The Spectator's View: An unsatisfying verdict in the Ghomeshi trial

Opinion Mar 24, 2016 Hamilton Spectator

The Jian Ghomeshi trial was many things. But one thing is clear about the verdict: it is unsatisfying on many fronts.

Not because there is anything wrong with the judge's decision, but because it leaves so much room for misinterpretation and spin by those who feel passionately about this issue. And there are many who do.

There are those who say all who claim they've been sexually assaulted are to be believed, regardless of their story or circumstance. And there are those who believe women must be liars, or they obviously wanted it or had it coming to them (just look at how they were dressed, they say, or how much they had to drink …).

Despite how it feels, this trial was not about the broader issue of sexual assault — it was about one accused and three alleged victims and was tried on the merits of these specific complaints. And unfortunately, this case was anything but clear-cut.

The judge did not say nothing inappropriate happened. He ruled that reasonable doubt exists about the claims that events took place against the will of complainants. In part, he ruled that way because all three victims said and withheld things that seriously damaged their credibility, and undermined the Crown's case. There was relevant information withheld until the last minute. There was contradictory and outright incorrect information offered as testimony. And there was collusion between at least two of the complainants in which they agreed to "sink" Ghomeshi.

There is no doubt the intentions of most people protesting the Ghomeshi outcome are honourable. But we can't make the mistake of concluding this case is typical. It is not. It is, however, a valuable opportunity to examine how we can make the system better for the victims of sexual assault.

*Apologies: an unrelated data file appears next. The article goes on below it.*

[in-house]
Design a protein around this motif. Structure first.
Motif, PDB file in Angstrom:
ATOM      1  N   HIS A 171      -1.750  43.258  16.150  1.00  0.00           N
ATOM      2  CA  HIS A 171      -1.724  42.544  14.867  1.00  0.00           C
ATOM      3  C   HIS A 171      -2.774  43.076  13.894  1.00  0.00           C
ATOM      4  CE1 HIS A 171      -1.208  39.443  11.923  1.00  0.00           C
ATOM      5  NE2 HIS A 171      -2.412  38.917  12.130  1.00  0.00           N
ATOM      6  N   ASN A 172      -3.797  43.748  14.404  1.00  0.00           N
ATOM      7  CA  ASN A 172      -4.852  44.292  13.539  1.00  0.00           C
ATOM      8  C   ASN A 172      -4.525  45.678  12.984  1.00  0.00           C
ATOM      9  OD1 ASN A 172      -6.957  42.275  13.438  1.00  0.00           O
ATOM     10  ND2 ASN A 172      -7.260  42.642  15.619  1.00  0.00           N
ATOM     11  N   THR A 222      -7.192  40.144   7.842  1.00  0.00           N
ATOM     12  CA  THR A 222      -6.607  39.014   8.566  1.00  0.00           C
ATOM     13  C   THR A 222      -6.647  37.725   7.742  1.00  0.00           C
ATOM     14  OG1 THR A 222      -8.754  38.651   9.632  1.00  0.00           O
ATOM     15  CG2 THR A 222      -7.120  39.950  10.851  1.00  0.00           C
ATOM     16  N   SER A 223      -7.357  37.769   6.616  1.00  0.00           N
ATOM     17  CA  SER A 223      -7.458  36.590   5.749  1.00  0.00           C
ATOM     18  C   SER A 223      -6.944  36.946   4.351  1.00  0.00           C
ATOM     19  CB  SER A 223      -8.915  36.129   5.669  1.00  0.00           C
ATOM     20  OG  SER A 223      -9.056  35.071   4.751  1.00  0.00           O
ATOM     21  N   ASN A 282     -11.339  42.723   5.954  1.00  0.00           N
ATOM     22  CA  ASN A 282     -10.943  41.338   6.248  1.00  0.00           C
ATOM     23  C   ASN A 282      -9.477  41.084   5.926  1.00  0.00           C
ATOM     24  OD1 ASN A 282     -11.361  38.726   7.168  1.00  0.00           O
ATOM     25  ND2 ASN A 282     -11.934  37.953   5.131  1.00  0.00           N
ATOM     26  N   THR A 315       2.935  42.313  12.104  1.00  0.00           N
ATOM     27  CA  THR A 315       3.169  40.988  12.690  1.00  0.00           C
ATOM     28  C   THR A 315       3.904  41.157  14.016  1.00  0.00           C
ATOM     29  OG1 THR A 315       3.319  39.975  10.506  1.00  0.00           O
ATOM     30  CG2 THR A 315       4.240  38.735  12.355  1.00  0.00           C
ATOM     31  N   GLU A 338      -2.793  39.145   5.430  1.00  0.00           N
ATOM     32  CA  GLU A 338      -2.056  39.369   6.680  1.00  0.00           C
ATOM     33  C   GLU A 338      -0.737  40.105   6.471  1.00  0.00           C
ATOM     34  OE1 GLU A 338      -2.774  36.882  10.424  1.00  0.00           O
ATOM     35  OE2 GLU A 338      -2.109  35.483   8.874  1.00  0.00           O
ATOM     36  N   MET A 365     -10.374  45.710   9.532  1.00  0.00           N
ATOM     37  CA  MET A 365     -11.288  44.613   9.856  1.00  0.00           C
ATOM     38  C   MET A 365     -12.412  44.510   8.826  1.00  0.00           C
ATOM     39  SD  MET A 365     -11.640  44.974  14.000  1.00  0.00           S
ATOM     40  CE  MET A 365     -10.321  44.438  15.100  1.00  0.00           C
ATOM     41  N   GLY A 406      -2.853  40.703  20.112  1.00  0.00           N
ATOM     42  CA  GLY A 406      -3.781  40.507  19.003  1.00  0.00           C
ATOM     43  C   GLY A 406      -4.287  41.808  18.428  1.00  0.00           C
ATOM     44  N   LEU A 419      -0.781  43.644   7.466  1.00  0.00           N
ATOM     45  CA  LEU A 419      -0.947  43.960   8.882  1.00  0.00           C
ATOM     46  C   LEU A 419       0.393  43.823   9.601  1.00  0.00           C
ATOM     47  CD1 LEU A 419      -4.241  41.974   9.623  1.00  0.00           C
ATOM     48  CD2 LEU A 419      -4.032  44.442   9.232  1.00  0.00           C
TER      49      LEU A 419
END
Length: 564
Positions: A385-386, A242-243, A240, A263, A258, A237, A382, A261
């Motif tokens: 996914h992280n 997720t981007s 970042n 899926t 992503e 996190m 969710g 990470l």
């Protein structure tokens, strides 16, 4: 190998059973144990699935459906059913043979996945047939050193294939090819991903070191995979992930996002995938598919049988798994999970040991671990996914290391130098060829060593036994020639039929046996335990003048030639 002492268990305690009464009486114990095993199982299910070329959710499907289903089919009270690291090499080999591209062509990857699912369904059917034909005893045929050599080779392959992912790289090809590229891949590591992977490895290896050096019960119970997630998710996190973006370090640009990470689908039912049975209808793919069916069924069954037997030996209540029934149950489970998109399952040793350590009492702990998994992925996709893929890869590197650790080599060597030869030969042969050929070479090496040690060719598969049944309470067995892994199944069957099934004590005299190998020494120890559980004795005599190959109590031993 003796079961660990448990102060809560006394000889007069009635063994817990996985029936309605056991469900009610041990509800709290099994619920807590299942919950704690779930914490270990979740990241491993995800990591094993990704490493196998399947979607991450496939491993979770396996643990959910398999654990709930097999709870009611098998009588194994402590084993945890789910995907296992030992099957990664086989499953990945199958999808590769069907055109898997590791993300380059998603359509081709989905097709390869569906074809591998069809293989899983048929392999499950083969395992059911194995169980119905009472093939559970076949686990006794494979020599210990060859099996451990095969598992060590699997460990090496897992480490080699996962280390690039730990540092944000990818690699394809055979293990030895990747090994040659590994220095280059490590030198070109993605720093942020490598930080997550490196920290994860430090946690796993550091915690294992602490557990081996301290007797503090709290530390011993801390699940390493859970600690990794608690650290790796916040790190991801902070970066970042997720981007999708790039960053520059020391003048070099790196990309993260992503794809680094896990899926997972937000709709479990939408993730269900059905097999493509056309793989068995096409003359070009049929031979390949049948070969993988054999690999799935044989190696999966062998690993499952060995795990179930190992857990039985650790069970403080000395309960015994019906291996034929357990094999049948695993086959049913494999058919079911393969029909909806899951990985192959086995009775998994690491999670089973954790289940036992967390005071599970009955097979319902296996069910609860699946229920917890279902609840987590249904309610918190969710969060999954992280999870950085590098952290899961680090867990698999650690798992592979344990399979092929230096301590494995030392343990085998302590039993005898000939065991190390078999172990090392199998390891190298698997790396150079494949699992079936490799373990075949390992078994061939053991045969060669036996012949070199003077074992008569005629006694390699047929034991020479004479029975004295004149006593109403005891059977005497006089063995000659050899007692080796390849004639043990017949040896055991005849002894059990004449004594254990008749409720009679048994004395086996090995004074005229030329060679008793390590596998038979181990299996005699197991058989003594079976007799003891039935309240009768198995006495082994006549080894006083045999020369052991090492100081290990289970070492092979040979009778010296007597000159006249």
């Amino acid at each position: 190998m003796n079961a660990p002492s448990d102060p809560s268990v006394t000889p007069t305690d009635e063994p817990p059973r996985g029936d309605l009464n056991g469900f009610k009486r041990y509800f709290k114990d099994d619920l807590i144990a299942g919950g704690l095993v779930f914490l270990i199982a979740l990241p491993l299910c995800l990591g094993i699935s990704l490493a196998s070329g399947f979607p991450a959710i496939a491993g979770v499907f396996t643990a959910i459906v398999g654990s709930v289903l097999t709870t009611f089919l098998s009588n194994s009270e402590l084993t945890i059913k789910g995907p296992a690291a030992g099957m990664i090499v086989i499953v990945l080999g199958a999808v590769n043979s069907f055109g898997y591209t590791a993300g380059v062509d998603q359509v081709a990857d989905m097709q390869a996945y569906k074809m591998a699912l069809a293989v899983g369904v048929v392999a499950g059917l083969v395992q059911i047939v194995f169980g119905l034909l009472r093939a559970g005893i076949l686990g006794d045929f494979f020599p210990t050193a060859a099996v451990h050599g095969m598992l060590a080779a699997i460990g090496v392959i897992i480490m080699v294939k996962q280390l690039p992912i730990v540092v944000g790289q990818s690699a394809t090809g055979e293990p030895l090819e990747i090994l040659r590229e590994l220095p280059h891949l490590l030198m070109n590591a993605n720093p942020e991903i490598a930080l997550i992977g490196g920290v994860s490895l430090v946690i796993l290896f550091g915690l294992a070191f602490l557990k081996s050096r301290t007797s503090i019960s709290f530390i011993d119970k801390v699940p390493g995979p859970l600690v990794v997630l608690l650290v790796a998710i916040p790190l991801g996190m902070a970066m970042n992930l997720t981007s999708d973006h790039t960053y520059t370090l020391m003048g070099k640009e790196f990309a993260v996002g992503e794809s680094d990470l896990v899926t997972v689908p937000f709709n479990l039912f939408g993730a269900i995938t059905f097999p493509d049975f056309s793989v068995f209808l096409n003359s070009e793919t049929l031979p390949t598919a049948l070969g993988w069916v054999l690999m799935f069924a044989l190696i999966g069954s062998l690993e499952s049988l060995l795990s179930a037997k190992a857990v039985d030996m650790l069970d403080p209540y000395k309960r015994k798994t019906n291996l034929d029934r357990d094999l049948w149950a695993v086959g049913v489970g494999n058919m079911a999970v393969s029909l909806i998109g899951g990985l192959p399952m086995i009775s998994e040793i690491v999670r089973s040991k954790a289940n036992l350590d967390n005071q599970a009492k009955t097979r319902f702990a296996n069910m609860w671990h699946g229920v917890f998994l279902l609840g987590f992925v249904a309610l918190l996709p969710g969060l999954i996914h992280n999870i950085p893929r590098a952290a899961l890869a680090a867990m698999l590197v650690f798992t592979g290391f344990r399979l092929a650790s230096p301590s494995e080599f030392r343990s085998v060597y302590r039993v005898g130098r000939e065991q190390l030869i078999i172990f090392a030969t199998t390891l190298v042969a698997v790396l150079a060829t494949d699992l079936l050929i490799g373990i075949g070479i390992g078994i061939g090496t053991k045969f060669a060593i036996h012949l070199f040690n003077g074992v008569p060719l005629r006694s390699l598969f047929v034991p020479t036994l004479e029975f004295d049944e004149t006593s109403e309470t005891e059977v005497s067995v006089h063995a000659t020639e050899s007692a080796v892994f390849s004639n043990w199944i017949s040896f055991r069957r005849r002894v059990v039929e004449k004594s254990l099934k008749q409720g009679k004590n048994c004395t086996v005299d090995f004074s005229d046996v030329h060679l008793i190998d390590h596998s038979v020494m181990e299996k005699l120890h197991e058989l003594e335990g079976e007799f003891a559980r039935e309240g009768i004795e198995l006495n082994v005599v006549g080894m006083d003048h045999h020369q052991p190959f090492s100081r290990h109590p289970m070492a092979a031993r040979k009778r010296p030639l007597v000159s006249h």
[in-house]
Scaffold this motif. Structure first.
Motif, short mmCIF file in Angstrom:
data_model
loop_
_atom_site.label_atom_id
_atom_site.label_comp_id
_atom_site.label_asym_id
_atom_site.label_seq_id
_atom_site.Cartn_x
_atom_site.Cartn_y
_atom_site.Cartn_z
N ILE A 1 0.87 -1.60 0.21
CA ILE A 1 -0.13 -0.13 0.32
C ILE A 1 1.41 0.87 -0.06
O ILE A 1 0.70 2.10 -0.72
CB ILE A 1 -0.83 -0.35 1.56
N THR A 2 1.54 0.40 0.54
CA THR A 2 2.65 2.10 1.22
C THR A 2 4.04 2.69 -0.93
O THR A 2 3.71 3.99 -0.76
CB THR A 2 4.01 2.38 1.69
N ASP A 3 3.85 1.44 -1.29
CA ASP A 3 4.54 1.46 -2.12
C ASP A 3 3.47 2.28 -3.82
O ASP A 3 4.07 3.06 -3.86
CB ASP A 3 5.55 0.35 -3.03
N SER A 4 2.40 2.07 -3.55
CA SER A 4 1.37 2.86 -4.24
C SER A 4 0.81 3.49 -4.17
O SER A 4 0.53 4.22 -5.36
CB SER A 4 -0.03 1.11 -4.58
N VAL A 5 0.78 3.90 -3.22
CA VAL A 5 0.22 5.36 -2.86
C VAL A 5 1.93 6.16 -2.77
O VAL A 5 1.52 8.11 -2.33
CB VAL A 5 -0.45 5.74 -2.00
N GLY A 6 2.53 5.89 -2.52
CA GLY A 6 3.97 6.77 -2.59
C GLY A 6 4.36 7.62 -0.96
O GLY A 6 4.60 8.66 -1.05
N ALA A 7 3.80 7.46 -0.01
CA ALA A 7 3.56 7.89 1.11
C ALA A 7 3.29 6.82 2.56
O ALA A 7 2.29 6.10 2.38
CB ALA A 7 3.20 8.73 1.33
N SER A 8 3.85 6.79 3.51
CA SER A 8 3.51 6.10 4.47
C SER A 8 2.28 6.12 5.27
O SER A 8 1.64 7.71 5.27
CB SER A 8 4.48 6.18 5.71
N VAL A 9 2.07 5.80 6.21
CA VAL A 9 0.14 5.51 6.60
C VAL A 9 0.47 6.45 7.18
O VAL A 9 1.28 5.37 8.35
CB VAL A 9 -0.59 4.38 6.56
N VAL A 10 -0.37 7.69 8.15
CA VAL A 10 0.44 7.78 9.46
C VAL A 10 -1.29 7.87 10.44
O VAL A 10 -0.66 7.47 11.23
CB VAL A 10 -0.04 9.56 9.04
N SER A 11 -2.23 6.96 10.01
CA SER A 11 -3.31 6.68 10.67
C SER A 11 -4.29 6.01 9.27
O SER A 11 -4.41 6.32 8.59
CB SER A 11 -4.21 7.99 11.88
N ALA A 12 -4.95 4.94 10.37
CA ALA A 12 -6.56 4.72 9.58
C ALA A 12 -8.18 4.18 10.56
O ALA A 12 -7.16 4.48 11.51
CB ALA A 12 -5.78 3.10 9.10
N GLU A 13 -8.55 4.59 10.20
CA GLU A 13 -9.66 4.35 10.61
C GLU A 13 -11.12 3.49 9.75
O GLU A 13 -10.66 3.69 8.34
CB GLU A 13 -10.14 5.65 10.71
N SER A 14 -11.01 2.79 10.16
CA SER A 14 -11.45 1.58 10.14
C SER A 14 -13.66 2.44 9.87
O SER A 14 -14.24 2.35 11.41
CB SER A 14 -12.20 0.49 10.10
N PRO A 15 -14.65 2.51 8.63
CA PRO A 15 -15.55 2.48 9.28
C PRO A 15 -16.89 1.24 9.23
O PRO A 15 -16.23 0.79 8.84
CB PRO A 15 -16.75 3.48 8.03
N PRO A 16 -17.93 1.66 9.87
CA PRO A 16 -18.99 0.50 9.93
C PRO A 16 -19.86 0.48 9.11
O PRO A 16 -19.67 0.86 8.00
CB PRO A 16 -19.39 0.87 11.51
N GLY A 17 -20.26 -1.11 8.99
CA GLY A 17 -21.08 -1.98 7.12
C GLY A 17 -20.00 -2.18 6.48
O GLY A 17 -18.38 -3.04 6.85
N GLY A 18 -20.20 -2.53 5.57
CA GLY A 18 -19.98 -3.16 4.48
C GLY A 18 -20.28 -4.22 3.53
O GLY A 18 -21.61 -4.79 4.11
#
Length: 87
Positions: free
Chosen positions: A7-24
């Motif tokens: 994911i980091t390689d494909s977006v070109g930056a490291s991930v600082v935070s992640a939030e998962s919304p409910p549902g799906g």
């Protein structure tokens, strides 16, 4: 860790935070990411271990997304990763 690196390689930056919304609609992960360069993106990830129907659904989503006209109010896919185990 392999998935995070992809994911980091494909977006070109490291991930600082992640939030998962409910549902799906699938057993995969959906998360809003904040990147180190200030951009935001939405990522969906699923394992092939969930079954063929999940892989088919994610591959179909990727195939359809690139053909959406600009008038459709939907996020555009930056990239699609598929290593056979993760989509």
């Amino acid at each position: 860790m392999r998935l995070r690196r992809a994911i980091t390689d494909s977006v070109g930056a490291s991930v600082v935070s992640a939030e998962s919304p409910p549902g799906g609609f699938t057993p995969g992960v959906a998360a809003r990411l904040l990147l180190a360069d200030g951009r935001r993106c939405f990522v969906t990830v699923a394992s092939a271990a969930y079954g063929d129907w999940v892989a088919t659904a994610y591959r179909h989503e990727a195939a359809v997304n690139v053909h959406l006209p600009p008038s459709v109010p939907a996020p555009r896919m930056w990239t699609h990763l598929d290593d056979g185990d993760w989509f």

How? Some advocate for separate courts with appropriate specialized training for personnel involved. Others call for a system where those accused of sexual assault are compelled to testify and be cross-examined. And still others advocate for free legal advice to victims.

And what of Ghomeshi? He was found not guilty, which is not necessarily the same as being innocent. Those two things should not be confused. There is enough information about him that could indicate the sort of person he may be. It's not flattering.

Sexual assault is a huge problem in our society. Far too few victims come forward, in large part because they feel like the accused rather than accuser. Women must feel comfortable coming forward. They should not have to live in fear of their partners. And men who harm women should be punished for it.

This trial and outcome have not helped us toward those objectives — which remain what we must strive for as a civil and equitable society.

Cheryl Stepan and Howard Elliott